1271 Avenue of the Americas
1271 Avenue of the Americas is a 48-story office building located in Rockefeller Center in New York City. It opened in 1959 as the Time & Life Building, designed by architect Wallace Harrison, of Harrison, Abramovitz, and Harris.
|1271 Avenue of the Americas|
1271 Avenue of the Americas
|Location||1271 Avenue of the Americas, New York City|
|Top floor||587 ft (179 m)|
|Floor area||1,399,308 sq ft (130,000.0 m2)|
|Design and construction|
|Architect||Wallace Harrison of Harrison, Abramovitz, and Harris|
|Main contractor||George A. Fuller Co.|
|Designated||July 16, 2002 (Interior)|
1271 Avenue of the Americas was the first of four in Rockefeller Center designed by Harrison, Abramovitz, & Harris on the west side of Sixth Avenue. Harris served as the building's project manager and was responsible for overall planning. The Time & Life Building was the first expansion of Rockefeller Center west of the Avenue of the Americas.
Construction on the Time-Life Building's steelwork started in April 1958, and the structure topped out in November of that year. The cornerstone of the building was laid in June 1959, after the building's structure had been completed, and the first tenants began moving into the tower in December 1959.
The building is clad in green glass and features column-free floors of 28,000 square feet (2,600 m2). Large murals by Josef Albers and Fritz Glarner adorn its lobby, which integrates a serpentine patterned sidewalk design found on the sidewalks of Rio de Janeiro's Copacabana Beach with the adjacent sidewalk, a salute to its location on The Avenue of the Americas.
Time Inc., the publisher of Time, Life, Sports Illustrated, Fortune, House & Home, and Architectural Forum magazines initially occupied 21 floors. CNN's American Morning was based there from 2002 to 2006. The ground floor studio is now occupied by the studio of SportsNet New York and CNBC Squawk Box.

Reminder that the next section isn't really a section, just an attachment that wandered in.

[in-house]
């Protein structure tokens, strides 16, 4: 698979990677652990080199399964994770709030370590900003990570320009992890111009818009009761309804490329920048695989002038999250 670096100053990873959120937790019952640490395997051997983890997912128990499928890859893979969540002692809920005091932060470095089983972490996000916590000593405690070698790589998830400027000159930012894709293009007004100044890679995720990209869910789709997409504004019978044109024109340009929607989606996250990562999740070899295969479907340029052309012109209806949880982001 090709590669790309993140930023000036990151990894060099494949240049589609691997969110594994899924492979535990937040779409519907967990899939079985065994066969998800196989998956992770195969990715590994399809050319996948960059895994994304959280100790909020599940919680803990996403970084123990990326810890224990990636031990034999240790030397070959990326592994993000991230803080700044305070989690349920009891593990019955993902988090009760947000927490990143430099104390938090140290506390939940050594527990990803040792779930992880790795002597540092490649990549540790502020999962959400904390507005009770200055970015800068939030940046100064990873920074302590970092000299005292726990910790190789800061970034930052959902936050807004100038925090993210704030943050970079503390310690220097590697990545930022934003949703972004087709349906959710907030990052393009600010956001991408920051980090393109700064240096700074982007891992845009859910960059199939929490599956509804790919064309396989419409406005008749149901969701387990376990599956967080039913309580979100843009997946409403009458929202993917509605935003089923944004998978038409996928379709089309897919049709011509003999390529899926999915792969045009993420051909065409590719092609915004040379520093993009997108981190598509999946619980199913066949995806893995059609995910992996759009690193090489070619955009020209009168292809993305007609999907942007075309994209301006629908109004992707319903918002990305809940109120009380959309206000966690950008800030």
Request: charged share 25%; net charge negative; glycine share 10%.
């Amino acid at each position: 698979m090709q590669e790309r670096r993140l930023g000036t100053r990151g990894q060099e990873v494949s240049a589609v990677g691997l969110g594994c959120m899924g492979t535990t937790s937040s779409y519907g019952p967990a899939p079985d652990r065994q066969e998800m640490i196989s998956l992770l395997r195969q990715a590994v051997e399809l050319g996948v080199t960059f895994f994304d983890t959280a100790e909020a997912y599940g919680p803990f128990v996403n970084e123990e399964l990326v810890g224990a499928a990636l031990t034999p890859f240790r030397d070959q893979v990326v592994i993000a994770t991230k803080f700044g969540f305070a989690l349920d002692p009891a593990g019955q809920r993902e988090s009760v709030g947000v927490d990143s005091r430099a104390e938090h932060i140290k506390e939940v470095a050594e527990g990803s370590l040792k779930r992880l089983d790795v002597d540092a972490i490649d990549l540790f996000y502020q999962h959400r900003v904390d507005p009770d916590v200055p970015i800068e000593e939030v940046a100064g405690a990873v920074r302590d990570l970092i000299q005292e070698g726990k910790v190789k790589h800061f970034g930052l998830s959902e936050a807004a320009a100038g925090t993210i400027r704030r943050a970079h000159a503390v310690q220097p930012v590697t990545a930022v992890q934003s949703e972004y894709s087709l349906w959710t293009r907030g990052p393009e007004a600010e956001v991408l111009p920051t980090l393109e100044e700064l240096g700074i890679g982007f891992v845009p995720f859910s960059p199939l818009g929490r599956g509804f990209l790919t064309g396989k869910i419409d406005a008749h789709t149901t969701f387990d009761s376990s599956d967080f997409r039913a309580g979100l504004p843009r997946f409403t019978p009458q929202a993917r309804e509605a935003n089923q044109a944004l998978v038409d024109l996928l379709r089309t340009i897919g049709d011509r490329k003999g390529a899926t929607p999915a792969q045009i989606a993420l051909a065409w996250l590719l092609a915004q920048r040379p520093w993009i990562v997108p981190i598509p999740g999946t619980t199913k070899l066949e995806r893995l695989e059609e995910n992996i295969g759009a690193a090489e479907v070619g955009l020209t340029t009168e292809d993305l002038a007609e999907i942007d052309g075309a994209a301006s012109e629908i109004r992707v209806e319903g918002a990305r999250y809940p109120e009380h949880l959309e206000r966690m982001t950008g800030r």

The Hemisphere ClubEdit
The Hemisphere Club, a members-only restaurant during the day, was located atop the building on the 48th floor; in the evenings it opened to the public as the Tower Suite. The restaurant was operated by Restaurant Associates, which also operated The Four Seasons Restaurant, La Fonda del Sol, The Rainbow Room, The Forum of the Twelve Caesars, and later Windows on the World. The Hemisphere Club closed some time after 1991.
La Fonda del SolEdit
La Fonda del Sol was a Latin American–themed restaurant opened in the Time & Life Building's lobby by Joseph Baum in 1960. It featured bright, colorful, whimsical interiors designed by Alexander Girard and furniture by Charles Eames. It closed in 1971 and was replaced with a Fidelity Investments branch.
In addition to furniture for the La Fonda del Sol restaurant, Charles Eames designed iconic chairs for the offices of Time Incorporated which have become known as Time-Life Chairs. Eames designed them as a favor to Henry Luce, who had allowed Eames to use photos from the Time-Life archives for the pavilion he designed at the 1959 American National Exhibition in Moscow. The chairs remain in production and popular to this day, manufactured by Herman Miller of Zeeland, MI, though the original design with four legs at the base has been revised to include a fifth leg, referred to as a 5 star-base, for stability and to meet updated codes.